As for your name, that one too has adherents on both sides. My wife, for instance, uses her English name professionally. I think her justification was it's easier to pronounce and appears on her diplomas and publications; but I suspect that it also makes her a tad less self-conscious in some circumstances. In any case, it makes sense to professionally use what appears on your papers. Nothing wrong with that. Your colleagues will figure out a nickname soon enough. And everyone at work certainly knows she's Jewish, since they have to cover for her during 'call' on Shabbat and Yom Tov. If you're lucky as she has been, you may well have colleagues who respect your religious identity and needs, and show it. It is very cute when they start pushing her out the door late on a Friday, knowing that she has to be 'home before sundown'. I had a frum Baptist charge nurse who always checked during the night to ensure that I had time to pray the evening service.

    These issues are, as you see, shared by many Jews; not only converts. BTW, you'll also have to decide what to do with your name (family name, at least) when you marry.

  3. As a man who wears a yarmulke to work, I think it would be really annoying not to. My understanding is that a Jewish man can't recite berachos or eat and drink with his head uncovered, so every time you want to eat or drink, you would have to put the yarmulke on. Also, there's a beracha after using the bathroom called "Asher Yatzar," and you would have to find a way to cover your head every time you needed to recite it.

  4. For me, the hardest part of tznius is not going mixed swimming, which basically means I don't go swimming. It also makes vacations less fun, as every hotel has a pool, and those pools usually look very inviting.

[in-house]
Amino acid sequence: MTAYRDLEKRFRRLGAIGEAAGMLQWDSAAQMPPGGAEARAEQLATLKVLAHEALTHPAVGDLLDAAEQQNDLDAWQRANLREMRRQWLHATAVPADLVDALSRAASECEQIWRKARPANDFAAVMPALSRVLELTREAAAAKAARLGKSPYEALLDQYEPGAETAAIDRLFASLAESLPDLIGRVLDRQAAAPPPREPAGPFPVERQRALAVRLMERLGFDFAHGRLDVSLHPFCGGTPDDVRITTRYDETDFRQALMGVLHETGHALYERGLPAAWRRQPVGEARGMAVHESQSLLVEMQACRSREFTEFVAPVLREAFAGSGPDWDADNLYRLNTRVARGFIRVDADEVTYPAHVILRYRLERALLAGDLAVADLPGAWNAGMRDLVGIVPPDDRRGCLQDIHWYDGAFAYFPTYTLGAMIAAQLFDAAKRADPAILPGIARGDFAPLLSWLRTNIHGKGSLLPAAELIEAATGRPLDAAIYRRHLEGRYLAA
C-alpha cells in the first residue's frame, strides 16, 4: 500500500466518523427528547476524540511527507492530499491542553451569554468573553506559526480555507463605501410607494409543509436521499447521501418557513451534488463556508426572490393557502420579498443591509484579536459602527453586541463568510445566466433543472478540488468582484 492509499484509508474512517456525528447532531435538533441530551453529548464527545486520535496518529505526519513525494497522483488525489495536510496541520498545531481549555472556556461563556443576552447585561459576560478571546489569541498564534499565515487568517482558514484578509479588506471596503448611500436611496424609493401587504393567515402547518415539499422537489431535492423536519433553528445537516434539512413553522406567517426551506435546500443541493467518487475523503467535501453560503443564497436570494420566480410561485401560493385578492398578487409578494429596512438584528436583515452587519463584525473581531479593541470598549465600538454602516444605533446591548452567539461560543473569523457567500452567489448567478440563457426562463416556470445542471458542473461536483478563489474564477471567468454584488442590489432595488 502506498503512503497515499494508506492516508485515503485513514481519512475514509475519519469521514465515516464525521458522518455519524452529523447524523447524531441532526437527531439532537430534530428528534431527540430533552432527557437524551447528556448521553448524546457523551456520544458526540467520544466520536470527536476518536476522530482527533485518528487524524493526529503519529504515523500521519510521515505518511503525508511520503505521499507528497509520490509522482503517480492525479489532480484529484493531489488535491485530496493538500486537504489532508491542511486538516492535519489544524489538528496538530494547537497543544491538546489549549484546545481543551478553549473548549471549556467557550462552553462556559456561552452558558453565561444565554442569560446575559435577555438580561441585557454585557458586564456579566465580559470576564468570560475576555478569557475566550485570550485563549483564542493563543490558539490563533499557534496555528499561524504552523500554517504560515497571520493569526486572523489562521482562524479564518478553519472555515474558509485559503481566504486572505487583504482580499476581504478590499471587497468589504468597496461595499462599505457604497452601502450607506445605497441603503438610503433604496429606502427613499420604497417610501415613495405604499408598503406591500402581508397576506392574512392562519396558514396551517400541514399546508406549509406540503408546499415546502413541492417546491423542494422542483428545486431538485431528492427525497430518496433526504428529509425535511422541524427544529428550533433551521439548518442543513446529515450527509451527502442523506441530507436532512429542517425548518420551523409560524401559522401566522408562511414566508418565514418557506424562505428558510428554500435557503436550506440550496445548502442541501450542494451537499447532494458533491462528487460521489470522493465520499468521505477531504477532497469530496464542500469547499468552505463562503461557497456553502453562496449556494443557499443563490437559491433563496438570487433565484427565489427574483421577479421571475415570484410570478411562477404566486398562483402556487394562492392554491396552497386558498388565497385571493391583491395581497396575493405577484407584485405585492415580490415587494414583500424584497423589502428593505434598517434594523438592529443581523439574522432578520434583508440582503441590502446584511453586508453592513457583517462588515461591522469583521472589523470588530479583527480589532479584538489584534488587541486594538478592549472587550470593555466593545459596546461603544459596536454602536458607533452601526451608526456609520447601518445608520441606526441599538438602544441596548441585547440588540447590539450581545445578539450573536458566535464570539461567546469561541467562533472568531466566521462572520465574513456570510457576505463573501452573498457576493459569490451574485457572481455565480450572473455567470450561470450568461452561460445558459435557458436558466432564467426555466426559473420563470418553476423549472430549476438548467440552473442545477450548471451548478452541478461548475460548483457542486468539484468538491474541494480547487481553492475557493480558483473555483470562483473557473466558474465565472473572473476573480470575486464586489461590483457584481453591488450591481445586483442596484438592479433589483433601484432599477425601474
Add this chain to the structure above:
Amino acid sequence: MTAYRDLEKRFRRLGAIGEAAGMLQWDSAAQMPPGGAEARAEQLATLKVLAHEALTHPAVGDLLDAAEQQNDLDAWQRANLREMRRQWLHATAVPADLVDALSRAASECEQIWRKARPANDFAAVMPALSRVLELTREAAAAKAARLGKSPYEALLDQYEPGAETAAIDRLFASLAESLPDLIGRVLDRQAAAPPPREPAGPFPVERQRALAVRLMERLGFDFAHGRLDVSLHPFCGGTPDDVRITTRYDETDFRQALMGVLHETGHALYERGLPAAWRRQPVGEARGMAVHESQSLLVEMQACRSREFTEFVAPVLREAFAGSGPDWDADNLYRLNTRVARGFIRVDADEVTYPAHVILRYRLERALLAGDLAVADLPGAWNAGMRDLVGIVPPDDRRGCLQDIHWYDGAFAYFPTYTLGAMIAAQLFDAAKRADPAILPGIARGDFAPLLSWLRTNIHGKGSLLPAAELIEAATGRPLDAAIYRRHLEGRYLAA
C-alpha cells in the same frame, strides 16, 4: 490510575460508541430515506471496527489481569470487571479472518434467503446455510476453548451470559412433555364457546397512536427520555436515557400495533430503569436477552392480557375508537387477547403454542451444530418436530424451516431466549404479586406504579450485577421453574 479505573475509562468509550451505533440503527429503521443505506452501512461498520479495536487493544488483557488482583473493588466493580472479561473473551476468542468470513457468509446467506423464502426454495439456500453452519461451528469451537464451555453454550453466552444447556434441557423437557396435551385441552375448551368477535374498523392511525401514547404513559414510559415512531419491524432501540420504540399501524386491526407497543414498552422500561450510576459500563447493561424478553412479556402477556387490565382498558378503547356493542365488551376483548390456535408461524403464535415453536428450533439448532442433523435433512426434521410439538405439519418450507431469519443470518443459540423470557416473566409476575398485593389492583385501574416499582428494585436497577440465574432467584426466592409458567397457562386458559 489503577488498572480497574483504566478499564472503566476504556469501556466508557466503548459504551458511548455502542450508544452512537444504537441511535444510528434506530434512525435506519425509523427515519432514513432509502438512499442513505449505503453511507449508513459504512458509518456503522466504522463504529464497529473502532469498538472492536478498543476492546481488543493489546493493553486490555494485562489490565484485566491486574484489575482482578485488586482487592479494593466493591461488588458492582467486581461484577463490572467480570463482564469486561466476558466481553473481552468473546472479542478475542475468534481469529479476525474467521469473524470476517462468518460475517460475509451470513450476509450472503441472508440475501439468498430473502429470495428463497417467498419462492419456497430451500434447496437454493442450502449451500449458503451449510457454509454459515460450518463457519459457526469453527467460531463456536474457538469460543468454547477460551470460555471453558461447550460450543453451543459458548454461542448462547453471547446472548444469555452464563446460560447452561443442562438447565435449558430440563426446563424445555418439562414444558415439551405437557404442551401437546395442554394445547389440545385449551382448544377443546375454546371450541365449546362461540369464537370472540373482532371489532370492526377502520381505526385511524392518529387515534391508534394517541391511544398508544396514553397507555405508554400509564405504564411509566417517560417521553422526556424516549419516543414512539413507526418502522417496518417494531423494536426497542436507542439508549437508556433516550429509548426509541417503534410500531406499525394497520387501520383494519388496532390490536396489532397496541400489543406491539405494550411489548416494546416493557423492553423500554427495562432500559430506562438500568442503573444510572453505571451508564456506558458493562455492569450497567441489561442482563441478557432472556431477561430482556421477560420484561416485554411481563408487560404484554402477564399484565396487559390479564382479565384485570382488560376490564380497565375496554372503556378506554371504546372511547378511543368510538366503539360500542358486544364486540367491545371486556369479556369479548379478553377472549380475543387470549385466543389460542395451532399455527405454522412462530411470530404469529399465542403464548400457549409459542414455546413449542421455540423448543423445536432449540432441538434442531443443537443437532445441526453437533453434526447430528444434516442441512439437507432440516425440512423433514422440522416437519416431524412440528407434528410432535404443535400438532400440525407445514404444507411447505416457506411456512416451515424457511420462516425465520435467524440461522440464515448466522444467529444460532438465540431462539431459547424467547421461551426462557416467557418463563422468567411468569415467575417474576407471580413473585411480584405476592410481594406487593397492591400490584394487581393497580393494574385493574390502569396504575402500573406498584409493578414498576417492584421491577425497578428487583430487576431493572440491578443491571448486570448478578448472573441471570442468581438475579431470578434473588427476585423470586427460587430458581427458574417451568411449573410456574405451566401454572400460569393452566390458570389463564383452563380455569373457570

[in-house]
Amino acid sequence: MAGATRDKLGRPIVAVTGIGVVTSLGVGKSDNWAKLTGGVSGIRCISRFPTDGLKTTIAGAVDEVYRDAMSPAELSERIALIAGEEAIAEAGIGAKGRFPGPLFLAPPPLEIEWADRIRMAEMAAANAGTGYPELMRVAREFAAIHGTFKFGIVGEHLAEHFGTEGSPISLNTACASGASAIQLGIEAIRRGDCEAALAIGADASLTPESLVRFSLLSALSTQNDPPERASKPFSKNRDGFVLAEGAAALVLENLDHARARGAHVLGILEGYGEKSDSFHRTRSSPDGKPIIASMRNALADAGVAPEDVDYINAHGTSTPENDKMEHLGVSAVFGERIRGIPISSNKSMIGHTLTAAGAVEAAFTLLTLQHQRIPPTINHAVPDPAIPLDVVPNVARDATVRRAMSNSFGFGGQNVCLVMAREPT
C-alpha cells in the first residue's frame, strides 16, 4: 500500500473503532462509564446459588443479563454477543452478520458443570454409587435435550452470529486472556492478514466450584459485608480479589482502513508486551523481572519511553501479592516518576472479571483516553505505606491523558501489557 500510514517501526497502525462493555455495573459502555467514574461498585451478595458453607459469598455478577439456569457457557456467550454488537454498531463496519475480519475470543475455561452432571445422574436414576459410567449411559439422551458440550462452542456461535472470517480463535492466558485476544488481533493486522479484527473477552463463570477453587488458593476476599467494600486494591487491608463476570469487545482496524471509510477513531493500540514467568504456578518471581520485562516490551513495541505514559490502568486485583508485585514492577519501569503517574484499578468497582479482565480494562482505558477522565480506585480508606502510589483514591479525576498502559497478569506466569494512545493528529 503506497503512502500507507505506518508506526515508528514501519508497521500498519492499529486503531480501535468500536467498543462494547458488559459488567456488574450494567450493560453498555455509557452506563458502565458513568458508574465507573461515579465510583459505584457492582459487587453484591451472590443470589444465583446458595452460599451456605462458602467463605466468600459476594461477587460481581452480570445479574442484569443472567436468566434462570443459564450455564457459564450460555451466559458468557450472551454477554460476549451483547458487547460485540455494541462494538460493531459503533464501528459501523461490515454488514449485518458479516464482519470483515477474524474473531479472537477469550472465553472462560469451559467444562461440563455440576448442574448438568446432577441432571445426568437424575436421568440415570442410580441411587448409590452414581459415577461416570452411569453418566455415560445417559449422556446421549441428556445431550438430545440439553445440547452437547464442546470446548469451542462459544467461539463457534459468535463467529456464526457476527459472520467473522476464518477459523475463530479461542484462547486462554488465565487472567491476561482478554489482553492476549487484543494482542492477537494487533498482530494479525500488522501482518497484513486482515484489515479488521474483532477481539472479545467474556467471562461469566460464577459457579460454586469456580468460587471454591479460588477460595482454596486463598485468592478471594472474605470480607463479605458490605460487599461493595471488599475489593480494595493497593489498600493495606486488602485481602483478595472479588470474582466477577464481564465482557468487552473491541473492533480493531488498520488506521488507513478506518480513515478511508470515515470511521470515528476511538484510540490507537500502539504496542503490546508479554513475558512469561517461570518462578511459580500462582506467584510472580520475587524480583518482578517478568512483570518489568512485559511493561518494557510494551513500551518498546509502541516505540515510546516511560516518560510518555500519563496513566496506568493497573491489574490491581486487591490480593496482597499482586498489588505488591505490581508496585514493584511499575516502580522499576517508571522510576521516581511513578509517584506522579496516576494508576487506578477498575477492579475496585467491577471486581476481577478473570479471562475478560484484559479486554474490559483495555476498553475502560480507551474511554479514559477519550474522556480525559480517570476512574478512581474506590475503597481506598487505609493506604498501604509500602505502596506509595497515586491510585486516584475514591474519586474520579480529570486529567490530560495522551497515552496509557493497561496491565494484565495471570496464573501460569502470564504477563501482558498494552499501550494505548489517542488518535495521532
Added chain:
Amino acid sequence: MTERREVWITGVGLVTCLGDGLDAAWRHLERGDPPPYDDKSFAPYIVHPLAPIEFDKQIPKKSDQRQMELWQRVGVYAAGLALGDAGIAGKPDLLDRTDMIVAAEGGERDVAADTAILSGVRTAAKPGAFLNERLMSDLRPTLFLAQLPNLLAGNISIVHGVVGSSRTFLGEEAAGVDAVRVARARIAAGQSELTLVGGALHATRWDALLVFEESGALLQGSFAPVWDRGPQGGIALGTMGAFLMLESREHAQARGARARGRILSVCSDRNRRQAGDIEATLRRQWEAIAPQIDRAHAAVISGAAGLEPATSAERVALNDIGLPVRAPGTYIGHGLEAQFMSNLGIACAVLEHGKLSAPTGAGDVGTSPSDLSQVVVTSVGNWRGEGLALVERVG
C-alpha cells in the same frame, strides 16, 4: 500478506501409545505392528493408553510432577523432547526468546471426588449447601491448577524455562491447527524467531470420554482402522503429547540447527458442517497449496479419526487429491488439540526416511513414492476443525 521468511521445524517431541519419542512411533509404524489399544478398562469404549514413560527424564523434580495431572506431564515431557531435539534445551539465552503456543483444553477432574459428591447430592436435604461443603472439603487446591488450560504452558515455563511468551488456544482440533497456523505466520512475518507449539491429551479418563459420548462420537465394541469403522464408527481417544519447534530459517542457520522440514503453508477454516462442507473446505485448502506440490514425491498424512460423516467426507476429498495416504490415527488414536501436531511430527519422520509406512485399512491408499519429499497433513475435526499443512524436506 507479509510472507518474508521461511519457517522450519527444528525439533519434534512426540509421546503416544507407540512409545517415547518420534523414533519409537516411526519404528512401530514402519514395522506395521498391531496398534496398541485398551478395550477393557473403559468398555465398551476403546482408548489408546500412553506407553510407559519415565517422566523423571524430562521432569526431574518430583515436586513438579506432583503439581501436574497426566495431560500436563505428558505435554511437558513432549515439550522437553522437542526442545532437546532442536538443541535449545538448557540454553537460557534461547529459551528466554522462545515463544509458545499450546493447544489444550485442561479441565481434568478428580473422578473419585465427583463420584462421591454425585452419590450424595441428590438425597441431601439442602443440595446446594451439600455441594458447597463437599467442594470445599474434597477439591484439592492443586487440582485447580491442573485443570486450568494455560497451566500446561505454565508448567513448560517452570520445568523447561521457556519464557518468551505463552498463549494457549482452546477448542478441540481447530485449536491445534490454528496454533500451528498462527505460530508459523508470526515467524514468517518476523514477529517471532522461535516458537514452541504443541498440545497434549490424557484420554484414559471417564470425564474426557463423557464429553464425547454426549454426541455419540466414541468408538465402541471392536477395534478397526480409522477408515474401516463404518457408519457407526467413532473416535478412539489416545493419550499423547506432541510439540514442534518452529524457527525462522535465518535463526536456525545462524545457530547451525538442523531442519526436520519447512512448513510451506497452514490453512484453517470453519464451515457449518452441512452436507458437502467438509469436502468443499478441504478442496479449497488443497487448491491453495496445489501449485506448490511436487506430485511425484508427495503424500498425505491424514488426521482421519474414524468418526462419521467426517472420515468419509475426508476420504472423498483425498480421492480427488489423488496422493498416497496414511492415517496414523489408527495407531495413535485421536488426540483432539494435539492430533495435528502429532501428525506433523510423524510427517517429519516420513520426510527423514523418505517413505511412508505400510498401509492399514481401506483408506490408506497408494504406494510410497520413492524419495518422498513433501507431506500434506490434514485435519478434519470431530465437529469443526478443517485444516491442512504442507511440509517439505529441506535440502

5. The Curmudgeonly Israeli Giyoret says:

    I just got a tzanua swim suit! It's designed and made by a woman named Marci Rapp, who calls her company Mar-Sea. It has a tank-type under shirt (she can't put bra cup longsleeve items) that has a 3/4 length sleeve jacket, a pair of long shorts, and a skirt that fits over it. This sounds cumbersome, but it isn't, the fabric is light and her color selections are beautiful. You can SWIM in it too! She also has dress-style tunics made of similarly unobtrusive fabrics that you can swim in with your regular suit underneath.

    This has changed my life, although I find that. while I no longer grouse to myself about not being able to go swimming, I do find myself grousing about not being able to get to the pool...

    Seriously though, the outfit is great. I canctually walk home from the pool in my suit.

    It still doesn't solve the problem of not being able to go swimming with my husband, but as you can see, I have no problem thinking of the disadvantages to any solution.

  6. As a lawyer, letting people know you're Jewish generally only helps in this profession.

  7. I'm a consultant, and I wear a Chai or Mogen David during the week of Passover, from Rosh Hashanah through Yom Kippur, and from Chanukkah through Christmas (the last as sort of a signpost not to wish me a "Merry Christmas").

    I, too have wondered from time to time whether proclaiming myself Jewish through my jewelry would be a problem. So far, it hasn't been.

    Also, it's not unusual for me to eat with clients, which I bet will come up for you as a lawyer as well. Although I don't insist on a kosher restaurant, I don't eat pork, or shellfish, or meat with dairy, and I don't eat leavened foods on Passover. So it does come up.

    It was particularly obvious, I thought, when I had lunch with a client in a port town, where everything was seafood, (which I can't eat at all because I'm allergic to kosher fish and I don't eat non-kosher fish), plus it was Passover, so I couldn't eat the bread, which didn't leave me with a whole lot of menu choices.

    Again, it wasn't a problem, but then I live in California where people are pretty used to diversity.

    Best wishes to you in making choices that work well for you.

  8. Solution for summer heat and the modest woman: Linen and cotton. Baring skin does not necessarily make one cooler - just ask the Saudis. Besides, it's not classy to wear tank tops and halter tops and thigh bearing minis. It just isn't. We represent Hashem in this world and to the best of our ability we should dress modestly. You'll be rewarded for it.

    1. Who cares that it's "classy", though? It can look good, and long skirts also aren't considered classy in some places since roma wear it. "Classy" is more bigoted than anything.